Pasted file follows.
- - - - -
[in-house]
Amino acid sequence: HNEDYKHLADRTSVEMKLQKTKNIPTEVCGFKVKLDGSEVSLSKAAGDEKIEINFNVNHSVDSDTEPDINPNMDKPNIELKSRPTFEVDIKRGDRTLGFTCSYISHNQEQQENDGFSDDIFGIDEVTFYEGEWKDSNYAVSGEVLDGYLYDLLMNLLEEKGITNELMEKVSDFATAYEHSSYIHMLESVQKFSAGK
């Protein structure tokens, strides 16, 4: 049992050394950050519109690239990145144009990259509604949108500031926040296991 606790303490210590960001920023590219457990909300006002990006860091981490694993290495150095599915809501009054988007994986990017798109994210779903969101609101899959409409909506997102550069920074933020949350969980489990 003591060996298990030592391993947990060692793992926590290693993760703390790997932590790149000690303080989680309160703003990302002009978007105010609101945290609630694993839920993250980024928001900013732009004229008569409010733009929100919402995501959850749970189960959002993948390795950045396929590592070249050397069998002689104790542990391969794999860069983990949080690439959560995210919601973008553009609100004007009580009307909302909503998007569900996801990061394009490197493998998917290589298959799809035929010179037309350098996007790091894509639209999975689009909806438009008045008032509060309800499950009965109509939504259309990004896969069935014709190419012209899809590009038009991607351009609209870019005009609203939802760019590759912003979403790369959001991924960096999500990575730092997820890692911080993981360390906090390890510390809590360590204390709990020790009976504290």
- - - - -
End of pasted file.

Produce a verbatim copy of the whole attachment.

[in-house]
Amino acid sequence: HNEDYKHLADRTSVEMKLQKTKNIPTEVCGFKVKLDGSEVSLSKAAGDEKIEINFNVNHSVDSDTEPDINPNMDKPNIELKSRPTFEVDIKRGDRTLGFTCSYISHNQEQQENDGFSDDIFGIDEVTFYEGEWKDSNYAVSGEVLDGYLYDLLMNLLEEKGITNELMEKVSDFATAYEHSSYIHMLESVQKFSAGK
């Protein structure tokens, strides 16, 4: 049992050394950050519109690239990145144009990259509604949108500031926040296991 606790303490210590960001920023590219457990909300006002990006860091981490694993290495150095599915809501009054988007994986990017798109994210779903969101609101899959409409909506997102550069920074933020949350969980489990 003591060996298990030592391993947990060692793992926590290693993760703390790997932590790149000690303080989680309160703003990302002009978007105010609101945290609630694993839920993250980024928001900013732009004229008569409010733009929100919402995501959850749970189960959002993948390795950045396929590592070249050397069998002689104790542990391969794999860069983990949080690439959560995210919601973008553009609100004007009580009307909302909503998007569900996801990061394009490197493998998917290589298959799809035929010179037309350098996007790091894509639209999975689009909806438009008045008032509060309800499950009965109509939504259309990004896969069935014709190419012209899809590009038009991607351009609209870019005009609203939802760019590759912003979403790369959001991924960096999500990575730092997820890692911080993981360390906090390890510390809590360590204390709990020790009976504290």